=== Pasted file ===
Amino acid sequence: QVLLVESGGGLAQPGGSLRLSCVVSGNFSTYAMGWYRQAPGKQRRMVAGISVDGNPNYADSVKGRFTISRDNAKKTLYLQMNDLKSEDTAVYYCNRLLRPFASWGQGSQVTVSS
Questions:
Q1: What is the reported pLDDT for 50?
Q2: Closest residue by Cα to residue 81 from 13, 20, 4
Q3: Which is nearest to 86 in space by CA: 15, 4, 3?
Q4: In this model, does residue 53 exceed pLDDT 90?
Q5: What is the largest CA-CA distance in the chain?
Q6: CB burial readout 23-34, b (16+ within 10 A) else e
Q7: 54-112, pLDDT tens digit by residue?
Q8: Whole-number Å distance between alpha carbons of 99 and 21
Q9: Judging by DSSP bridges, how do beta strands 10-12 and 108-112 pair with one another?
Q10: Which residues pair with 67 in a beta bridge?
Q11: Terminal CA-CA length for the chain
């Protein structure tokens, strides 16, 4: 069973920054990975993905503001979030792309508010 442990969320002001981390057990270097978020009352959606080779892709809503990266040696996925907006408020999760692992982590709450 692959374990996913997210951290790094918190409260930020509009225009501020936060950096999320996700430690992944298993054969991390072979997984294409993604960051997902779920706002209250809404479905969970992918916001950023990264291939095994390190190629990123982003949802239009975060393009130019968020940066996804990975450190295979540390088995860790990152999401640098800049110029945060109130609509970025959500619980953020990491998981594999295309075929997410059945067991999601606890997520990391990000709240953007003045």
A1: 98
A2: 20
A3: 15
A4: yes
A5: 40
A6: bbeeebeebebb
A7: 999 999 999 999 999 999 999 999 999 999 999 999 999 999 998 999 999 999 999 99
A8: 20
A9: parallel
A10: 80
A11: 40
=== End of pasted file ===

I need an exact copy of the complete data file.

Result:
Amino acid sequence: QVLLVESGGGLAQPGGSLRLSCVVSGNFSTYAMGWYRQAPGKQRRMVAGISVDGNPNYADSVKGRFTISRDNAKKTLYLQMNDLKSEDTAVYYCNRLLRPFASWGQGSQVTVSS
Questions:
Q1: What is the reported pLDDT for 50?
Q2: Closest residue by Cα to residue 81 from 13, 20, 4
Q3: Which is nearest to 86 in space by CA: 15, 4, 3?
Q4: In this model, does residue 53 exceed pLDDT 90?
Q5: What is the largest CA-CA distance in the chain?
Q6: CB burial readout 23-34, b (16+ within 10 A) else e
Q7: 54-112, pLDDT tens digit by residue?
Q8: Whole-number Å distance between alpha carbons of 99 and 21
Q9: Judging by DSSP bridges, how do beta strands 10-12 and 108-112 pair with one another?
Q10: Which residues pair with 67 in a beta bridge?
Q11: Terminal CA-CA length for the chain
């Protein structure tokens, strides 16, 4: 069973920054990975993905503001979030792309508010 442990969320002001981390057990270097978020009352959606080779892709809503990266040696996925907006408020999760692992982590709450 692959374990996913997210951290790094918190409260930020509009225009501020936060950096999320996700430690992944298993054969991390072979997984294409993604960051997902779920706002209250809404479905969970992918916001950023990264291939095994390190190629990123982003949802239009975060393009130019968020940066996804990975450190295979540390088995860790990152999401640098800049110029945060109130609509970025959500619980953020990491998981594999295309075929997410059945067991999601606890997520990391990000709240953007003045």
A1: 98
A2: 20
A3: 15
A4: yes
A5: 40
A6: bbeeebeebebb
A7: 999 999 999 999 999 999 999 999 999 999 999 999 999 999 998 999 999 999 999 99
A8: 20
A9: parallel
A10: 80
A11: 40